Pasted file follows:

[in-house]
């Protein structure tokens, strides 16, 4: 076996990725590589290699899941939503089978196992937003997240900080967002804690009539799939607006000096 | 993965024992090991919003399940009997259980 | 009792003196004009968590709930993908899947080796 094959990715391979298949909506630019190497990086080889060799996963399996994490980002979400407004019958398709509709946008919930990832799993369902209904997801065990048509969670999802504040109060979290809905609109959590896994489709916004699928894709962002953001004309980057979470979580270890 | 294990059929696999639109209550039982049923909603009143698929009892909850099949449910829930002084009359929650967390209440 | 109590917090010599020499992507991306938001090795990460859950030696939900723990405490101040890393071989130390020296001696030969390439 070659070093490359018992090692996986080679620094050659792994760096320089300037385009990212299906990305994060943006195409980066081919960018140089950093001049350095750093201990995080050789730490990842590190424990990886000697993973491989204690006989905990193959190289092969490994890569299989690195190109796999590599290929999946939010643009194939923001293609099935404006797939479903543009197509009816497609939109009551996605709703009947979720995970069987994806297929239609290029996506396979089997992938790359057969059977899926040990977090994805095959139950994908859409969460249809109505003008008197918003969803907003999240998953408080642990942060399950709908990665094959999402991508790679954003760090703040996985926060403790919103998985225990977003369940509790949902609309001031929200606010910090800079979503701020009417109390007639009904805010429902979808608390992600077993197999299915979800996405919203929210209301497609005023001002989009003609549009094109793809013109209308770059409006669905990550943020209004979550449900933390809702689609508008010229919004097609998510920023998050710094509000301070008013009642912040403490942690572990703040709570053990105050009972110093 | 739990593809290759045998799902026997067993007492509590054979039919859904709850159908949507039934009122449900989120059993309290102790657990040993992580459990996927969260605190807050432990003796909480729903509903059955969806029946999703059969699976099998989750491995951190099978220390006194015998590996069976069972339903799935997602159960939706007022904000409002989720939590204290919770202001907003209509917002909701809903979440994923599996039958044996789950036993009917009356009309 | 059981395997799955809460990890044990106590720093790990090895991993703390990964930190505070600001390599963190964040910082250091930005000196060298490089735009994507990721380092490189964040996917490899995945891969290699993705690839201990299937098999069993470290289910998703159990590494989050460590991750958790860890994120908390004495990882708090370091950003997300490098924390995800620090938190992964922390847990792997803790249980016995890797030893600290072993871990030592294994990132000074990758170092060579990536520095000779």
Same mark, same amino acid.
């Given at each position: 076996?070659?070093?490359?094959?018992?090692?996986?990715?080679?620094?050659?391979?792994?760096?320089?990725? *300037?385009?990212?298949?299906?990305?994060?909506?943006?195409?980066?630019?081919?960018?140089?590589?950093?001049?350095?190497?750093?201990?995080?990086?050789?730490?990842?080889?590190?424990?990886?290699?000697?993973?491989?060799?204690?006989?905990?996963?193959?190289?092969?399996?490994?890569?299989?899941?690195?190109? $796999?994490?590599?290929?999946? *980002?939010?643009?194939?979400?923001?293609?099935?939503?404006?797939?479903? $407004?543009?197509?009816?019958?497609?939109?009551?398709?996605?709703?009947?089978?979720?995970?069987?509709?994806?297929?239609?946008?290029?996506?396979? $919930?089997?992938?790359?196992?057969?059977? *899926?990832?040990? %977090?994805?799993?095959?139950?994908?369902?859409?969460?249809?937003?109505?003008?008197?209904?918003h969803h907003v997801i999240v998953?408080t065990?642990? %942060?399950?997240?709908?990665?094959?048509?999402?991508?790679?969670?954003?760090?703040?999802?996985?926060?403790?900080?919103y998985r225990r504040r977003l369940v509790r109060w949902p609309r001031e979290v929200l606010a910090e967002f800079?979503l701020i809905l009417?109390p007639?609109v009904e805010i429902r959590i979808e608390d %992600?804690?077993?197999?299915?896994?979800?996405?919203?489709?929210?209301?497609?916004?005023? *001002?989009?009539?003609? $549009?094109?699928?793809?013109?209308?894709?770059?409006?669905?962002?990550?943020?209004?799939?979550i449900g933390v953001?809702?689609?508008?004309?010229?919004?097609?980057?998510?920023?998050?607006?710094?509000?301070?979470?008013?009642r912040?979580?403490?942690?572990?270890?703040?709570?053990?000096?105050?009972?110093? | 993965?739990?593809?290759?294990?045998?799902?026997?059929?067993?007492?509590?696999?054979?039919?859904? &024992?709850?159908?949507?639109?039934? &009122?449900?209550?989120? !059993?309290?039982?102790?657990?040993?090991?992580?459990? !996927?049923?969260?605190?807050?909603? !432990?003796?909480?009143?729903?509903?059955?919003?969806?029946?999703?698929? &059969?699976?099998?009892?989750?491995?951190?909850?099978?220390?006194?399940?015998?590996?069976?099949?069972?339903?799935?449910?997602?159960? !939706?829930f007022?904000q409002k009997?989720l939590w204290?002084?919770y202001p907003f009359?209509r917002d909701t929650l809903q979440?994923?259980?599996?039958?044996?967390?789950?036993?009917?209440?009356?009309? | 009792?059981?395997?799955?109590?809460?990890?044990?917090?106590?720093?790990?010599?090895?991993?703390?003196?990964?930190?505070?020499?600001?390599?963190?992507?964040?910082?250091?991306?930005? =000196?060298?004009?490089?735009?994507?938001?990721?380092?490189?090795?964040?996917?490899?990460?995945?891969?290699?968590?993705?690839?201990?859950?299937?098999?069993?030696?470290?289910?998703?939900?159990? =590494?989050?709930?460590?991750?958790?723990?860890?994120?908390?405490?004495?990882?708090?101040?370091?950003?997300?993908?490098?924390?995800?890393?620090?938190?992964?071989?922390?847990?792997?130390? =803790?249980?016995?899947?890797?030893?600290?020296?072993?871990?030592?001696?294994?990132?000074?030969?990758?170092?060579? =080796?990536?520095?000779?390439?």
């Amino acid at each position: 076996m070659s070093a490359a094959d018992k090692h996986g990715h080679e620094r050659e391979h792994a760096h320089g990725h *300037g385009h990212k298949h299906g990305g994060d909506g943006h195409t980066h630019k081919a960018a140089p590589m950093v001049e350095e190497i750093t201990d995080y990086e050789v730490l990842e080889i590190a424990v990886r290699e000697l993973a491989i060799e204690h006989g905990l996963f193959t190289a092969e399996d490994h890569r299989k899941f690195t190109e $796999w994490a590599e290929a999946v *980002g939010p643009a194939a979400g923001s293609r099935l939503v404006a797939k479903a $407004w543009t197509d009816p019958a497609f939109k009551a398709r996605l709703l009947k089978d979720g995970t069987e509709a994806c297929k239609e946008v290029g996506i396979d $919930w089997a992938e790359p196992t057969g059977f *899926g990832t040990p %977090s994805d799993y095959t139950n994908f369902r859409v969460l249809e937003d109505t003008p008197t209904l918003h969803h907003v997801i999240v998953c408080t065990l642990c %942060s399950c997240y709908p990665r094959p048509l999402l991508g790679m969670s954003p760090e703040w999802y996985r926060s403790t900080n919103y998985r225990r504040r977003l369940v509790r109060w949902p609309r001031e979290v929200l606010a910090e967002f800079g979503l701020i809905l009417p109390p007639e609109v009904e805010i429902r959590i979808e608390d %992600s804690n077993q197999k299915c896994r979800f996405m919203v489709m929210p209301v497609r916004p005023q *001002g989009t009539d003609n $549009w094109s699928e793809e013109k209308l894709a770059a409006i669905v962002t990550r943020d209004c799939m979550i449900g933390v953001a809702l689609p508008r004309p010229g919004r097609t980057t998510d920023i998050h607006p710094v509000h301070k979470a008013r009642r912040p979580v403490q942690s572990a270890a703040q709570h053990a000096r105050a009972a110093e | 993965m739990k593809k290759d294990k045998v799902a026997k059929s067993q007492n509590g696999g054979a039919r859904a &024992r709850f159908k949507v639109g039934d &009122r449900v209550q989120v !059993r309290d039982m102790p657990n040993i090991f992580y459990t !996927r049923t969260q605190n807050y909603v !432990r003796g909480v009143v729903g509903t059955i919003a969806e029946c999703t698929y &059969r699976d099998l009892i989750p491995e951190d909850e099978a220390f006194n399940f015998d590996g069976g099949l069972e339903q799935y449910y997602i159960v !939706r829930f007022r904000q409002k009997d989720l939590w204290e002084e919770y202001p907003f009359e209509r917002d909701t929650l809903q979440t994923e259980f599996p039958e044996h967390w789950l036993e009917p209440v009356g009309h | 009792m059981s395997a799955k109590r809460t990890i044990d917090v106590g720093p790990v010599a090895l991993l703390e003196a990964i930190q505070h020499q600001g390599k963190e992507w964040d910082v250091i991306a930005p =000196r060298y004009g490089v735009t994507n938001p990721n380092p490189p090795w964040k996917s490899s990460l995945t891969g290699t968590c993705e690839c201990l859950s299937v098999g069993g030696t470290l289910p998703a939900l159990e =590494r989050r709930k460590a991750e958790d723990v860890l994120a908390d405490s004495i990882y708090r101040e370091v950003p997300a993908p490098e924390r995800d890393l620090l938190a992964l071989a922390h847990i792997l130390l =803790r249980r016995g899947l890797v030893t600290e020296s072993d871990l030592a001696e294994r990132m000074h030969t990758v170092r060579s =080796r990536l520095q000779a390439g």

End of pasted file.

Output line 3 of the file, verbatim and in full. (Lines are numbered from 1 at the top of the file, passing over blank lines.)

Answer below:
Same mark, same amino acid.